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Re: [css3-animations] multiple 'animation-name' and cascading

From: Simon Fraser <smfr@me.com>
Date: Tue, 12 Apr 2011 15:16:23 -0700
Cc: "L. David Baron" <dbaron@dbaron.org>, Dean Jackson <dino@apple.com>, www-style@w3.org
Message-id: <DC46C030-C474-47D2-AA28-C8C8F89AF97B@me.com>
To: "Tab Atkins Jr." <jackalmage@gmail.com>
On Apr 12, 2011, at 12:53 PM, Tab Atkins Jr. wrote:

> On Tue, Apr 12, 2011 at 12:32 PM, L. David Baron <dbaron@dbaron.org> wrote:
>> On Tuesday 2011-04-12 11:33 -0700, Simon Fraser wrote:
>>> On Apr 12, 2011, at 10:29 AM, L. David Baron wrote:
>>>> On Tuesday 2011-04-12 08:56 -0700, Tab Atkins Jr. wrote:
>>>>> On Mon, Apr 11, 2011 at 9:09 PM, L. David Baron <dbaron@dbaron.org> wrote:
>>>>>> (Alternatively, I suppose one could check for whether the property
>>>>>> is specified in any keyframe -- though that's a bit more work.)
>>>>> 
>>>>> You need to check all the keyframes.  Given a keyframe like this:
>>>>> 
>>>>> @keyframes wobble {
>>>>>   0% { left: 0; top: 0; }
>>>>>  33% { top: 100px; }
>>>>>  67% { top: -100px; }
>>>>> 100% { left: 100px; top: 0; }
>>>>> }
>>>>> 
>>>>> In the middle third of the animation, the nearest keyframe blocks
>>>>> don't have any mention of 'left', but 'left' is still being animated.
>>>> 
>>>> The spec should perhaps mention that somewhere.
>>> 
>>> Agreed :)
>>> 
>>>> Additionally, it should say how that behavior interacts with timing
>>>> functions specified in keyframes.
>>> 
>>> In this case left animates exactly as if the middle two keyframes were missing:
>>> 
>>> @keyframes wobble {
>>>   0% { left: 0; top: 0; }
>>> 100% { left: 100px; top: 0; }
>>> }
>>> 
>>> If the first keyframe had a timing-function, then that's the one that would apply.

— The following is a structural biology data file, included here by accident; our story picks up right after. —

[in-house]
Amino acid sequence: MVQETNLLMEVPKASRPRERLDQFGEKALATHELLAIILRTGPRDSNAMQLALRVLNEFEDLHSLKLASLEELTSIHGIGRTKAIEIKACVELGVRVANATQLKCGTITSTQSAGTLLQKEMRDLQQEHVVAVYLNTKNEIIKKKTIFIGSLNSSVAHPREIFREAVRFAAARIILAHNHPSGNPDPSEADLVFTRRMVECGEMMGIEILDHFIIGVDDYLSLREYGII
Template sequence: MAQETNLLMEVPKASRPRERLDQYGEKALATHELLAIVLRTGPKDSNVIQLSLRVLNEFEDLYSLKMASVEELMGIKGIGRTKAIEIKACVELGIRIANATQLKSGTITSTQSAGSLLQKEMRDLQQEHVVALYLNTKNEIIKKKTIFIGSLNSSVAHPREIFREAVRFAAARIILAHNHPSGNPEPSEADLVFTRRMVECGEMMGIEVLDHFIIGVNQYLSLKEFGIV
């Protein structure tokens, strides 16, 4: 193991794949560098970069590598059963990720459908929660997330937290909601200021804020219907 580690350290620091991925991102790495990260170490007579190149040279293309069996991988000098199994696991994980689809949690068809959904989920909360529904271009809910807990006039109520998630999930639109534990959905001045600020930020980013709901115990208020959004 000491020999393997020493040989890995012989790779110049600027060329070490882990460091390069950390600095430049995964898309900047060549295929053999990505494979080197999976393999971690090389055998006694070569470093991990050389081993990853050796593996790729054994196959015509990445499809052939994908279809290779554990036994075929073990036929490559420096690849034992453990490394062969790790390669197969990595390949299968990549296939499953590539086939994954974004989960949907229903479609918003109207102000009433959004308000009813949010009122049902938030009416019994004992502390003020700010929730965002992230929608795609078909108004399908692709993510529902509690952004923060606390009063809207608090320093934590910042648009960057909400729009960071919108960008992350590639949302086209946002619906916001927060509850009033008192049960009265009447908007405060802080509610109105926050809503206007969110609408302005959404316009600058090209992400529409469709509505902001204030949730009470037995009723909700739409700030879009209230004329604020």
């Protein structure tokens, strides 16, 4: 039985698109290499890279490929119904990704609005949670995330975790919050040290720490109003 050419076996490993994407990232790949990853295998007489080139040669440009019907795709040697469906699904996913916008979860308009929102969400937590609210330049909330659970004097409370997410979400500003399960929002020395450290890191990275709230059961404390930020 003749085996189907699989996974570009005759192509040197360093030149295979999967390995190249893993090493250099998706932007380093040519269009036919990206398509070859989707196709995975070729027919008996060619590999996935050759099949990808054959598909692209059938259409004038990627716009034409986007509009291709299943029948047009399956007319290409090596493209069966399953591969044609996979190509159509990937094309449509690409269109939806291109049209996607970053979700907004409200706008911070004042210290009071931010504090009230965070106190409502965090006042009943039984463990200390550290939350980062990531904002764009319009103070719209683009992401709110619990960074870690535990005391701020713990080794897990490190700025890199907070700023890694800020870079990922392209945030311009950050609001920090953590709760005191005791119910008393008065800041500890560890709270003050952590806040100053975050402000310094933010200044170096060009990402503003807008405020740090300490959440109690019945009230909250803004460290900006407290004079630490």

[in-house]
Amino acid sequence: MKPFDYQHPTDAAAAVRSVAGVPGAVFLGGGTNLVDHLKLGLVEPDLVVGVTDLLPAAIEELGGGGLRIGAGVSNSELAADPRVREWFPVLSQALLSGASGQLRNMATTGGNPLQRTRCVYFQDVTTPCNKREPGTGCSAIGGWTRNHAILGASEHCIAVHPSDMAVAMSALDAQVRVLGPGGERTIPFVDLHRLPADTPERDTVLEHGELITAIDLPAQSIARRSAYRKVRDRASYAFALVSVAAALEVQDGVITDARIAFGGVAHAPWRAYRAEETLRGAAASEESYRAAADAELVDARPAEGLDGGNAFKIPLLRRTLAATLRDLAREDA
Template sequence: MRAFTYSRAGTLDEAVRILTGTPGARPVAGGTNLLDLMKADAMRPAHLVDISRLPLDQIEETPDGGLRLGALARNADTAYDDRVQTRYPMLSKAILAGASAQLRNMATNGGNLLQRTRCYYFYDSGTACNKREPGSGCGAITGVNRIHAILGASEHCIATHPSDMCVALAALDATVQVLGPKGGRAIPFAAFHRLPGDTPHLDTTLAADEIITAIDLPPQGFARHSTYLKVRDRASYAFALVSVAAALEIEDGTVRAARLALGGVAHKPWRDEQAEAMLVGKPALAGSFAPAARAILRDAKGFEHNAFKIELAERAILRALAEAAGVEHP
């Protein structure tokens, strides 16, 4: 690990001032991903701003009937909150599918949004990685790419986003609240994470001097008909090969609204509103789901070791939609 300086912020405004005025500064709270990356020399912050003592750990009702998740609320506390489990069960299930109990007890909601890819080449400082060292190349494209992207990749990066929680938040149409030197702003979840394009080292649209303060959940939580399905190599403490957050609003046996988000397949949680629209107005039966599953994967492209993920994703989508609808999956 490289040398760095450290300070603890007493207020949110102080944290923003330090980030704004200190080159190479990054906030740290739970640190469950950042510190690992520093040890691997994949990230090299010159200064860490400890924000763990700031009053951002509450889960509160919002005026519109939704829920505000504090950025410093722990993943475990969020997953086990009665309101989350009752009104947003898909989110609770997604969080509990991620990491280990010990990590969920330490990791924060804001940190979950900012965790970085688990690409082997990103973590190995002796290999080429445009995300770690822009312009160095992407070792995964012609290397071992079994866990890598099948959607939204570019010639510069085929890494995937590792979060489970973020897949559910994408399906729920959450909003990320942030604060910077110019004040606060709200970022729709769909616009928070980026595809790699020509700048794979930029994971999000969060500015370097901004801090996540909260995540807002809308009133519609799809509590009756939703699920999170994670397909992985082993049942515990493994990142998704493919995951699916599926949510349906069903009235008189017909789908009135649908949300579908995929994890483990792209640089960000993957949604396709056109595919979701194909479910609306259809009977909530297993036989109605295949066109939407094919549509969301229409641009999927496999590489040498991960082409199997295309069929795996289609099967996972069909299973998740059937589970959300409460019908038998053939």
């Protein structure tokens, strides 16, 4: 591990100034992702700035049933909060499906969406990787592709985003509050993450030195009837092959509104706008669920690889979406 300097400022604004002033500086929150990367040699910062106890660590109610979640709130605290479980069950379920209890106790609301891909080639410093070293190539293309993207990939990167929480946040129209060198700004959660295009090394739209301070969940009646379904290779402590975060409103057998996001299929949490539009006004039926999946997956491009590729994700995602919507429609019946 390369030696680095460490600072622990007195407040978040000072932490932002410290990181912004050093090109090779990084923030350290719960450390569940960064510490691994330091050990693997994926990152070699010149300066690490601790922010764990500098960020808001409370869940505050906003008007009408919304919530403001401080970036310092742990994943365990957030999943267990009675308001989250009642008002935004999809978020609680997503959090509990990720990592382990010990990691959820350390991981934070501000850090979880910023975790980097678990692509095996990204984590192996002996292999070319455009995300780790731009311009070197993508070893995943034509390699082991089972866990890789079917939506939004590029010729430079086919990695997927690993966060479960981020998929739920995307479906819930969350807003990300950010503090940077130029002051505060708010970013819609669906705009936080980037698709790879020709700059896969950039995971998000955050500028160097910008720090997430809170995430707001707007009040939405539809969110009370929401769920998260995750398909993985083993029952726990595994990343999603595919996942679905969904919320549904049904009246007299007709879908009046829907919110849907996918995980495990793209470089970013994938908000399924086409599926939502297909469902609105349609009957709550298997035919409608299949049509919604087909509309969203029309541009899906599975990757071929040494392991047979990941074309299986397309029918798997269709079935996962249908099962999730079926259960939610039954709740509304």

>>> 
>>> In other words, properties are interpolated between the keyframes
>>> that specify them.
>> 
>> This makes sense -- and seems better for authors -- but it surprises
>> me given that (a) the spec doesn't say this and (b) the spec says
>> that duplicate keyframes get dropped, which is part of what led me
>> to the model that I interpreted (and implemented) from what the spec
>> does say.
>> 
>> So given this model, it seems like it would make much more sense if
>> the spec also said that duplicate keyframes weren't dropped, but
>> were instead cascaded, so that, with:
>> 
>>  0% { left: 0; top: 0 }
>>  50% { top: 40px; left: 40px }
>>  50% { top: 25px; }
>>  100% { top: 100px; left: 100px }
>> 
>> you'd end up with top animating according to:
>>  0% { top: 0 }
>>  50% { top: 25px }
>>  100% { top: 100px }
>> and left animating according to:
>>  0% { left: 0 }
>>  50% { left: 40px }
>>  100% { left: 100px }
>> instead of having, as the spec currently says, left animating
>> according to:
>>  0% { left: 0 }
>>  100% { left: 100px }
>> because the second 50% keyframe overrides the first.

What's the use case for cascading keyframes?

>> 
>> In other words, I'd propose replacing the text:
>>  # If there are any duplicates, then the last keyframe specified
>>  # inside the @keyframes rule will be used to provide the keyframe
>>  # information for that time. There is no cascading within a
>>  # @keyframes rule if multiple keyframes specify the same keyframe
>>  # selector values.
>> with something that does specify cascading across different keyframe
>> selectors in the @keyframes rule.
> 
> I also agree that cascading the keyframes would be nice, though
> possibly for a different reason - as currently stated, you can't
> animate two properties starting from the same moment with different
> timing functions without silly hacks like starting one at 0% and the
> next at 0.001%.

Why not just use two animations?

If we allow cascading keyframes, it's not obvious that you could use separate
timing functions for different properties, since the timing-function property itself
would be affected by the cascade.

Simon
Received on Wednesday, 13 April 2011 01:18:25 GMT

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